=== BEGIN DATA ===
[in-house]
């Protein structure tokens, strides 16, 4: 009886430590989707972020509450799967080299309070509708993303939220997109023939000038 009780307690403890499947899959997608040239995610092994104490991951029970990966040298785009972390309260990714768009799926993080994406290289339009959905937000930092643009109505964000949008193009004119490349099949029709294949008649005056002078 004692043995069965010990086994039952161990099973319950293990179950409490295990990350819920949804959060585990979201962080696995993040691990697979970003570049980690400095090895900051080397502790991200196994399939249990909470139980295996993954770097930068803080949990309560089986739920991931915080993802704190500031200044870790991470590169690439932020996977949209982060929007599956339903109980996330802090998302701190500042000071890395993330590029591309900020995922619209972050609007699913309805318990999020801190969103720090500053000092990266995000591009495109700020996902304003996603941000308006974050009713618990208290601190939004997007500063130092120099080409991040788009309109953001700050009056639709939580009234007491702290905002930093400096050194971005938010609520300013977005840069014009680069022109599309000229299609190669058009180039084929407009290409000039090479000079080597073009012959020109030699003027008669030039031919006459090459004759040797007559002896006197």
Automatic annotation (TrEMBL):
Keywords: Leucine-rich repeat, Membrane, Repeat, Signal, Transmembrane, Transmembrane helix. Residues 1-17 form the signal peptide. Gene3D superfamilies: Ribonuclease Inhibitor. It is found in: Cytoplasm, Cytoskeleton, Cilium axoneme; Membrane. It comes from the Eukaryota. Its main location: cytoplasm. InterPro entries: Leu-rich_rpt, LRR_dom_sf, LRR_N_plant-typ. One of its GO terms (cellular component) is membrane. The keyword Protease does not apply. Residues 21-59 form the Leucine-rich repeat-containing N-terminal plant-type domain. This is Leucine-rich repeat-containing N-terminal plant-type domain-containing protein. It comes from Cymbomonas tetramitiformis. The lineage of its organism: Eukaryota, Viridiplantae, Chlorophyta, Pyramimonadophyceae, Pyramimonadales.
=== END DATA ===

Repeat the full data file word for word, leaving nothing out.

[in-house]
């Protein structure tokens, strides 16, 4: 009886430590989707972020509450799967080299309070509708993303939220997109023939000038 009780307690403890499947899959997608040239995610092994104490991951029970990966040298785009972390309260990714768009799926993080994406290289339009959905937000930092643009109505964000949008193009004119490349099949029709294949008649005056002078 004692043995069965010990086994039952161990099973319950293990179950409490295990990350819920949804959060585990979201962080696995993040691990697979970003570049980690400095090895900051080397502790991200196994399939249990909470139980295996993954770097930068803080949990309560089986739920991931915080993802704190500031200044870790991470590169690439932020996977949209982060929007599956339903109980996330802090998302701190500042000071890395993330590029591309900020995922619209972050609007699913309805318990999020801190969103720090500053000092990266995000591009495109700020996902304003996603941000308006974050009713618990208290601190939004997007500063130092120099080409991040788009309109953001700050009056639709939580009234007491702290905002930093400096050194971005938010609520300013977005840069014009680069022109599309000229299609190669058009180039084929407009290409000039090479000079080597073009012959020109030699003027008669030039031919006459090459004759040797007559002896006197």
Automatic annotation (TrEMBL):
Keywords: Leucine-rich repeat, Membrane, Repeat, Signal, Transmembrane, Transmembrane helix. Residues 1-17 form the signal peptide. Gene3D superfamilies: Ribonuclease Inhibitor. It is found in: Cytoplasm, Cytoskeleton, Cilium axoneme; Membrane. It comes from the Eukaryota. Its main location: cytoplasm. InterPro entries: Leu-rich_rpt, LRR_dom_sf, LRR_N_plant-typ. One of its GO terms (cellular component) is membrane. The keyword Protease does not apply. Residues 21-59 form the Leucine-rich repeat-containing N-terminal plant-type domain. This is Leucine-rich repeat-containing N-terminal plant-type domain-containing protein. It comes from Cymbomonas tetramitiformis. The lineage of its organism: Eukaryota, Viridiplantae, Chlorophyta, Pyramimonadophyceae, Pyramimonadales.